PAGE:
In the studio w/
Cassie Suche

Cassie is one of those unique artists whose practice explores a seemingly never ending assortment of mediums, all while managing to maintain a distinct, rhythmic thread across them all.

We first connected on a mural project, but I soon discovered the breadth of her work and became totally fascinated by the experimental nature of her practice. Variations on abstraction that continue to evolve in new and different ways using anything from paper to jesmonite.

Here we take a look inside Cassie's studio and chat with her about her UK-based education, process, and inspiration.




A few of my all time favourites are Sol LeWitt, Agnes Martin, Bridgett Riley, Frank Stella, Eva Hesse, Tara Donovan, Richard Serra, Manfred Mohr, Hilma Af Klint, Anish Kapoor, Thomas Heatherwick… I’m influenced by modular art, op art, minimalism, post minimalism, process art and formalism. I’ve also been so inspired by the generative art, data art and creative coding communities I connect with online.


Museum for Concrete Arts in Germany, The Met in NYC, Toronto's AGO, and Calgary’s Esker Foundation.


Winter for working and summer for fun.





"I love the beginning of a new series of work when I get to explore a new material or process."

Tell us about your process?

I could talk for hours about this. In my practice, process is everything. Instead of asking “What will I make?” I ask “How will I make?”.

I like to begin with a specific material or method, and experiment extensively with no expectations. My aim is to uncover a characteristic of the material or process to use as the aesthetic foundation for a series, and then I build the works from there.

The important idea is this bottom-up approach to making. I don’t decide how a finished piece should look and work backwards to figure out how to achieve it. I facilitate the process from the other direction.  

Where do you draw inspiration from?

I’m really drawn to the patterns and instances of repetition found in nature. I’m fascinated by the idea that there is an underlying logic and computational explanation behind them all. I also love learning about how different materials are made and how everyday objects are assembled.

Music or no music in the studio? If so, what do you listen to?

Absolutely yes to music in the studio. I love super long mixtapes to stay focused. I also listen to a lot of podcasts and audiobooks while I work.

You spent time studying at Leeds College of Art, how did that experience influence your practice?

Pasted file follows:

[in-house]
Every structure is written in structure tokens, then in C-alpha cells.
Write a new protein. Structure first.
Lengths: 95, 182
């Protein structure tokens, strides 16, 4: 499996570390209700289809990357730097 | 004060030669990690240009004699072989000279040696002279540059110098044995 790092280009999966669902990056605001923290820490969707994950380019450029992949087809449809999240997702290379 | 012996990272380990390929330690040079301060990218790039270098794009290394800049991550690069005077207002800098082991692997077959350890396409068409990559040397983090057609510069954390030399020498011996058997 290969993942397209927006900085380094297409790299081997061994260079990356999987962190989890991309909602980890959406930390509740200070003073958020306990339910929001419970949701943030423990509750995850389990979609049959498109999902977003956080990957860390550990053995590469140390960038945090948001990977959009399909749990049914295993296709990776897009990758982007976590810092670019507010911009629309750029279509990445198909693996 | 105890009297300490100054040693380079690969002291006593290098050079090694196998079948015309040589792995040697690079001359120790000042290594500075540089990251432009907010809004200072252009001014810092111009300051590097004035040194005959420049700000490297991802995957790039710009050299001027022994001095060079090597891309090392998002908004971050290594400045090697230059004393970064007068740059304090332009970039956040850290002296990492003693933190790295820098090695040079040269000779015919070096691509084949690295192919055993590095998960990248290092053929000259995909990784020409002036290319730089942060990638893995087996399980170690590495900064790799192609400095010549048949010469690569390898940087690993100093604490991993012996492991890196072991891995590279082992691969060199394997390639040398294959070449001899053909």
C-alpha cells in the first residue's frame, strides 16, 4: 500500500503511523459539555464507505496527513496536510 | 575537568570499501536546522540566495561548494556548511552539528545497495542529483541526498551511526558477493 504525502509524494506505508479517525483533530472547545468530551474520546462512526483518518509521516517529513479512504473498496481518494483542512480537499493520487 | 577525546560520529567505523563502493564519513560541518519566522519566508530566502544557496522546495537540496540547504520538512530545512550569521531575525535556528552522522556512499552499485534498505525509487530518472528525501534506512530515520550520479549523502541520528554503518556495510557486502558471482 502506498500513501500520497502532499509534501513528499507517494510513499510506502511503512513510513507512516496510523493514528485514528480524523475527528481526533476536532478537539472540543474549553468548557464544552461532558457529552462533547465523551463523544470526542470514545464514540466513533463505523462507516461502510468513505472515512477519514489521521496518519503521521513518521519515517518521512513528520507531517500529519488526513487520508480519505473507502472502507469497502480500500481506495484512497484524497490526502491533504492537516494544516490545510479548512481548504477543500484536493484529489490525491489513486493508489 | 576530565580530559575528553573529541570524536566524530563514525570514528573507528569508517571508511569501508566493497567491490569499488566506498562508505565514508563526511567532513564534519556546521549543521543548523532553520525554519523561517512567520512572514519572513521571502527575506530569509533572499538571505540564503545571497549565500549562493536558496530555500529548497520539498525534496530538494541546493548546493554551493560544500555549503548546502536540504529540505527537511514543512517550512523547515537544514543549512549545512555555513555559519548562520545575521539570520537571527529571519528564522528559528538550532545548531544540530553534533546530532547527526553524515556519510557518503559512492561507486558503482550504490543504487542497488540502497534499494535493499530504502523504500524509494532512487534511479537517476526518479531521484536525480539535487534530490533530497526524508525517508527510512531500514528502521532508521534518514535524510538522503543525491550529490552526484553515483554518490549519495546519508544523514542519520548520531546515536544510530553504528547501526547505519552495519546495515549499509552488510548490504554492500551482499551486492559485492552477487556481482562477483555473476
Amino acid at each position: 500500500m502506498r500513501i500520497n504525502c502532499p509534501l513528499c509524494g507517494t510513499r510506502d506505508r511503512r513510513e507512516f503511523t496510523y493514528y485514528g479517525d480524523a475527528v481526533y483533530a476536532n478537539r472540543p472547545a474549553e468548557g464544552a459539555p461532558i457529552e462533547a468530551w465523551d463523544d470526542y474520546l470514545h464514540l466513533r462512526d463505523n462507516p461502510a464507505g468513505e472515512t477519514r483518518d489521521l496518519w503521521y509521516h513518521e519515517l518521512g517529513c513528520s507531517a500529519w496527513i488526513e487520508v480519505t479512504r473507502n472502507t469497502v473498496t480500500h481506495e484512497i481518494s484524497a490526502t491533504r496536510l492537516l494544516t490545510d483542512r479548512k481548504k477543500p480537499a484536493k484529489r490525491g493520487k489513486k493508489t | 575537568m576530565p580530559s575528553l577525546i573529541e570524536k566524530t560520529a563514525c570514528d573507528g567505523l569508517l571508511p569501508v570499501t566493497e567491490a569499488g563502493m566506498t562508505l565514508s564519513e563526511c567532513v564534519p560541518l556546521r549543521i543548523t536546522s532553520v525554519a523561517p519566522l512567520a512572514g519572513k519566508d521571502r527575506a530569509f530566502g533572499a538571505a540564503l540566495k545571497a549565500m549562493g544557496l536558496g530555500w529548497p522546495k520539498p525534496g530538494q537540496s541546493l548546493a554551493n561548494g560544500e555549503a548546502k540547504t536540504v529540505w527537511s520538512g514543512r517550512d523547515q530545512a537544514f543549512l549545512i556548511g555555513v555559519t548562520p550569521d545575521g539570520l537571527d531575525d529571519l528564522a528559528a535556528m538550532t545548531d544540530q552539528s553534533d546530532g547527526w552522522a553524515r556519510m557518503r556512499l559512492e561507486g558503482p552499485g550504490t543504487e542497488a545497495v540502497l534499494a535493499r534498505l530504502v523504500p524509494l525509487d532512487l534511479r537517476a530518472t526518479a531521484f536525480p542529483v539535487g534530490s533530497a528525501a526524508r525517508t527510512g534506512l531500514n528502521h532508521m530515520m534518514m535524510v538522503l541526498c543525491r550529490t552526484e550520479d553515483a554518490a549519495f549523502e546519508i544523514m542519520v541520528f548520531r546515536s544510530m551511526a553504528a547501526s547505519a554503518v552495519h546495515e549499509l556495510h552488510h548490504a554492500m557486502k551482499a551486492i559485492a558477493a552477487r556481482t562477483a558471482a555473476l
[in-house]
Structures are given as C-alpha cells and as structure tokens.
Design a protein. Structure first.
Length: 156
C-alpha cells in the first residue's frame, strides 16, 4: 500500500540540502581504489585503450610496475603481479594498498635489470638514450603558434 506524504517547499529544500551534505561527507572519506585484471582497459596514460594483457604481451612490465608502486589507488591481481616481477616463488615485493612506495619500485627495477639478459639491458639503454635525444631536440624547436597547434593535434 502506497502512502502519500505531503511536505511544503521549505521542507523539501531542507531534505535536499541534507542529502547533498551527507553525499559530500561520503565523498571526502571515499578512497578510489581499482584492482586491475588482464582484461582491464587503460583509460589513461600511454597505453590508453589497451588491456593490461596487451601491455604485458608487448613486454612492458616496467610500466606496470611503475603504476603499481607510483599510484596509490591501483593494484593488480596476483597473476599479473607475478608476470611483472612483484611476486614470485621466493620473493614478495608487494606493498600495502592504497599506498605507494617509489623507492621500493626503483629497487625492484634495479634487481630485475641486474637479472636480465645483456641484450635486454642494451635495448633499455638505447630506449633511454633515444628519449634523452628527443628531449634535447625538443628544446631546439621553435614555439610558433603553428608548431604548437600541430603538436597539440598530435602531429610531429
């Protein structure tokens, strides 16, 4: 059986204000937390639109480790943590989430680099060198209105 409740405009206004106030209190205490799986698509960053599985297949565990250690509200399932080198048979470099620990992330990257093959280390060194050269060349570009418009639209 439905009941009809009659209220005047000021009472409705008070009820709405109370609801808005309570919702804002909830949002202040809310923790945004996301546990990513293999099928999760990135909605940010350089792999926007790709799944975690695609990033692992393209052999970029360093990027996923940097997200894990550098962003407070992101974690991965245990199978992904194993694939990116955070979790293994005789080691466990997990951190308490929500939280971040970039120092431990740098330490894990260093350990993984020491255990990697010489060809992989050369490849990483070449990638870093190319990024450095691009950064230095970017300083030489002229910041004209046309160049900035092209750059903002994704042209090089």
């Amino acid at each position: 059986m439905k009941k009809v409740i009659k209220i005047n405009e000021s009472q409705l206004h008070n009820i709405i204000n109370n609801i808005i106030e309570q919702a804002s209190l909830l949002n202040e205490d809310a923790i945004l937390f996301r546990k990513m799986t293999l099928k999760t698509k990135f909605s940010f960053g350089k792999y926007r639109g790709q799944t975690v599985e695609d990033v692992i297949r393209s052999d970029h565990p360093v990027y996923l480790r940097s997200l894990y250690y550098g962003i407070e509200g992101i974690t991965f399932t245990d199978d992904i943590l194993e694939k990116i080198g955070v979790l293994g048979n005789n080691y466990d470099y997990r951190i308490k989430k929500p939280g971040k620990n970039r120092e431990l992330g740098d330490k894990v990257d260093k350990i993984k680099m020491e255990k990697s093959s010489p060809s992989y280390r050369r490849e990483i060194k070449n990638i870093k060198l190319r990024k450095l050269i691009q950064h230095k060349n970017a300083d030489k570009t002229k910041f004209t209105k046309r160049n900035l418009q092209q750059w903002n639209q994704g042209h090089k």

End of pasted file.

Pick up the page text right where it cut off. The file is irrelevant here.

Studying at LCA was an incredible experience for me. The program allowed me to dive into so many different mediums and processes. The freedom to work across so many disciplines helped me see what remained consistent no matter what material I worked with, and this really unlocked the philosophy of my practice.

It was also intense! The expectations are high and the deadlines are tight. My experience there taught me what I can accomplish in short bursts of hard work, which I try to keep in mind now as I structure my own studio time.



What’s the relationship between your sculptural and 2D artworks?

I actually don’t really consider them different from each other aside from their formal properties. The approach for creating them is the same. But they do inform each other, there is a continuous dialogue between works. Ideas move from surface into space and vice versa.

Is there an element or stage of your practice that you enjoy the most? What is it and why?

I love the beginning of a new series of work when I get to explore a new material or process. What happens when I do x? What about y? What if I bring in z parameter? It’s so exciting and energizing. I can sense the all the potential of the process. There is no other feeling like it, it's powerful and manic.

Later when I have determined how I want to work, the process becomes very methodical, and I really enjoy this part as well. Working systematically and deliberately can be like meditating.

What led you to create the Migration series?

When I started working on these drawings I was writing my dissertation, so they were heavily influenced by my research. I was reading about effective complexity - essentially, the sweet spot between order and chaos, and emergence - bottom up processes.

To better understand these concepts I was exploring them visually. I started by working with small, simple units (lines of x length) and incrementally building them up until the compositions become complex and dynamic microcosms.

Do the visual motifs represent something specific?

I’m a bit of a purist when it comes to abstraction. To me, finished pieces are simply a literal depiction of the process.


"When I started working on these drawings...I was reading about effective complexity - essentially, the sweet spot between order and chaos, and emergence..."

How do you know when you’re done with a piece?

This is an interesting question. Sometimes it’s obvious, a process is designed to have an ending point. Other times, it can be an intuitive exercise to find that place for the work. In those cases I guess I’m never sure.

You’ve worked on a lot of large scale murals in recent years, how would you say that type of work influences your practice?

Painting murals has definitely given me a fearlessness about scale! It’s also changed my perspective on production labour- large paintings don’t seem so large when you’ve just painted a building.

Public art also comes with a lot of really interesting political considerations. Making site-specific work has made me think a lot about the contexts in which art can exist and who can and should be able to access art.

Do you collect art?

Of course!

Cassie's tip for art collecting:

When the meaning of a work changes for you every time you look at it, that’s a good thing.

Thank you for joining us! You can find available work by Cassie here.